Opening Oct. 15 and running though Oct. 25, the 23rd annual United Nations Association Film Festival brings its programming of international documentaries touching on human rights and social justice issues, with the theme “The Power of Empathy,” online.
Some 60 films highlighting current events are in the festival, which also includes a 6 p.m. Zoom panel discussion each evening featuring filmmakers, film subjects and experts on topics explored during the day’s lineup.
Opening day features “The Last Mambo,” about struggles and successes of Bay Area salsa, Latin and jazz perfomers, by Rita Hargrave and Reginald D. Brown; “The Great American Lie,” about the rise of income equality in the U.S., by Jennifer Siebel Newsom; and “A Black Jesus,” about what transpires in a small Italian town when a young refugee from Ghana asks to be one of the bearers of a venerated black Jesus statue an annual religious parade, by Luca Luchesssi.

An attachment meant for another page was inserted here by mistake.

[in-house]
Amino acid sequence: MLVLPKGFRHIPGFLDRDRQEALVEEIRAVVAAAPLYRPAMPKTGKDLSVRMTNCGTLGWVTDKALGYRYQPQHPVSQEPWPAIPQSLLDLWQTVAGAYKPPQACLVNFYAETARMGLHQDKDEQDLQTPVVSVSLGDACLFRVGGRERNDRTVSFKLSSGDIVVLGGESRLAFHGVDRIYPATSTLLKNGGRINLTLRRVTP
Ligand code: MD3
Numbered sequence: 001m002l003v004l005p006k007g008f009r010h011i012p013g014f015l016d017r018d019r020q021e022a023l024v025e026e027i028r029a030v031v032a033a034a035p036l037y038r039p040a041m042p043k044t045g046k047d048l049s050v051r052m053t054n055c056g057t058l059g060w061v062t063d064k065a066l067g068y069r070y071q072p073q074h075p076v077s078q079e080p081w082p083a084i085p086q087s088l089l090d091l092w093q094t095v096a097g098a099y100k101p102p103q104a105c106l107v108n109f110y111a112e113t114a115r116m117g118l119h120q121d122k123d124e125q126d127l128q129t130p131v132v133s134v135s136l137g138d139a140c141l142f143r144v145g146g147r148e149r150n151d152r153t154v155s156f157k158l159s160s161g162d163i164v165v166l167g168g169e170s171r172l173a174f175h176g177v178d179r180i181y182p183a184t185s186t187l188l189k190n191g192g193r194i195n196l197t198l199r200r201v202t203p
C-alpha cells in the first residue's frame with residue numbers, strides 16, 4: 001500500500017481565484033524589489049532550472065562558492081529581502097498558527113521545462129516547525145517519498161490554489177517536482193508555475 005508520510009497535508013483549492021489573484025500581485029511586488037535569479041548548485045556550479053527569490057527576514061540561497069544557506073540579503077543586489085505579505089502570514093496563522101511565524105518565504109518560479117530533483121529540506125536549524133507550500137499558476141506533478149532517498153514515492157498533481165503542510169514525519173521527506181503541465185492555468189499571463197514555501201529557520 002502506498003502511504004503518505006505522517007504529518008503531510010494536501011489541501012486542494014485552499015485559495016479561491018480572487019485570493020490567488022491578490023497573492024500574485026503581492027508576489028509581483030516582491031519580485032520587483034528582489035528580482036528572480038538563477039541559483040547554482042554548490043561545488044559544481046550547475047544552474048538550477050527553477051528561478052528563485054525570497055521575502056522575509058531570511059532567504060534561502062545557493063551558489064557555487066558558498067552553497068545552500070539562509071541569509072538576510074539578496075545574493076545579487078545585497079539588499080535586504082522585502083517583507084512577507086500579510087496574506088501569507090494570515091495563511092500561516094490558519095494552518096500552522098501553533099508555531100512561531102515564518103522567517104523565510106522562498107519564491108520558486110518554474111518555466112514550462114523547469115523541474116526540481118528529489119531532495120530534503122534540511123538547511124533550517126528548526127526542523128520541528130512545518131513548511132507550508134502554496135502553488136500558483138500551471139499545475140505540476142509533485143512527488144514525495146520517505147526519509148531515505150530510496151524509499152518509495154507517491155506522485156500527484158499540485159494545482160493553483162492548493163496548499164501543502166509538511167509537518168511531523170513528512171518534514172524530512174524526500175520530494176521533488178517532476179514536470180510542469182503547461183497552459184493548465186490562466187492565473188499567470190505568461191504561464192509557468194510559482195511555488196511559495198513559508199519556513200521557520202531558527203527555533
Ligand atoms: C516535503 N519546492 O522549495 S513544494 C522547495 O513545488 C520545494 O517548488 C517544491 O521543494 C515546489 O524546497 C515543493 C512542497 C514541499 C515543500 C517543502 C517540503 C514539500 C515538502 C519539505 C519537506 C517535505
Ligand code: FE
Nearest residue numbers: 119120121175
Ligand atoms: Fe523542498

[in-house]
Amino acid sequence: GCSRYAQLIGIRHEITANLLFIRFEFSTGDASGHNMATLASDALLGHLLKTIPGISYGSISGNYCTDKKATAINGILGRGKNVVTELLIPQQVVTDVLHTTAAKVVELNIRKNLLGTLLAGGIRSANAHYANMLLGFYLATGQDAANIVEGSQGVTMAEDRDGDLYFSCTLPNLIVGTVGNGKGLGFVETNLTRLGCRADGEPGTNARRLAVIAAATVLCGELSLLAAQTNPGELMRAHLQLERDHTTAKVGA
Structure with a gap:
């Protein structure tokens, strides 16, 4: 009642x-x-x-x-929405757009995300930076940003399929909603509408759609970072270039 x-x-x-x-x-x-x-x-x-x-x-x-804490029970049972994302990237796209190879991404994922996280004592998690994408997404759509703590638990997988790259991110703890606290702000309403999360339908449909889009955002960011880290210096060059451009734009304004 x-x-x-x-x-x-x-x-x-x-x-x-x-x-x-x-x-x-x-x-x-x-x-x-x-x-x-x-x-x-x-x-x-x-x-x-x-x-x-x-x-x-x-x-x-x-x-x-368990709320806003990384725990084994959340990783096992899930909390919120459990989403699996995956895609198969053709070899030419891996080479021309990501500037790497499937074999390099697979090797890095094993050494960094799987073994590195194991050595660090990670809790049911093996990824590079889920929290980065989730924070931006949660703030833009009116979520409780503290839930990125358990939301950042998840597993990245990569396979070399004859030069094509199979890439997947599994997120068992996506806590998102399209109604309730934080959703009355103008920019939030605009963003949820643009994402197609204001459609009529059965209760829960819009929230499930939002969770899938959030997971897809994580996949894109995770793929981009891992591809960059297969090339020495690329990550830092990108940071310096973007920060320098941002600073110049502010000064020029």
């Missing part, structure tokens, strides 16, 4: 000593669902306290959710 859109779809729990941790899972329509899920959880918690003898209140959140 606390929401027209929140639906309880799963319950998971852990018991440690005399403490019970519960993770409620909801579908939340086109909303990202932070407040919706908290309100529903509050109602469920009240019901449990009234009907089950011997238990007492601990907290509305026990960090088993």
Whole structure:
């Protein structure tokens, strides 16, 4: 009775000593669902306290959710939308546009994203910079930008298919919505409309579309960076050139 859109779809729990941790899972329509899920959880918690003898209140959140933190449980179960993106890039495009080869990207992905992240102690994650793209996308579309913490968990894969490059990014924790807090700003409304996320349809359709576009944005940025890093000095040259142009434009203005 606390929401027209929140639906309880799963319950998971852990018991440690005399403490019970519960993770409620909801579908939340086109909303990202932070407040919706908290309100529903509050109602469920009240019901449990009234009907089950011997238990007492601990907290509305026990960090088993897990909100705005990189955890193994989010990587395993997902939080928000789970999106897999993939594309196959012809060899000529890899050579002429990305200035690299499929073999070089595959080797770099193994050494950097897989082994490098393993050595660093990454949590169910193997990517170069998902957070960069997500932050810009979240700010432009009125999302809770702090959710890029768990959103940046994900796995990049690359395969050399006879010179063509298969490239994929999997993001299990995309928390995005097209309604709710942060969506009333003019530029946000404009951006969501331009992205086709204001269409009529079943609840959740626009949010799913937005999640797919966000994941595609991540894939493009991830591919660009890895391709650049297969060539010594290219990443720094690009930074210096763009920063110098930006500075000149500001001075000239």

Closing day on Oct. 25 features “Bureau 39: Kim’s Cash Machine,” which details how North Korea finances its hefty nuclear weapons program via an organization buried deep inside the government apparatus, by German director Sebastian Weis. Also on the closing bill is “The Boys Who Said No!,” about the young people who took action to oppose the draft in efforts to end the Vietnam War, by Judith Ehrlich, shown in collaboration with the Mill Valley Film Festival. The evening’s live online session features singer and activist Joan Baez, who will receive the festival’s Visionary Award.
Palo Alto Vice Mayor Tom DuBois hosts the 6 p.m. Oct. 15 introductory event of the festival, which was established by Stanford University educator and film critic Jasmina Bojic to honor the 50th anniversary of the signing of the Universal Declaration of Human Rights.
Tickets to individual screenings are $12 general, $6 for seniors and $3 for students; passes are available for $200 general, $60 for seniors and $30 for students. To participate, visit https://unaff2020.eventive.org/welcome.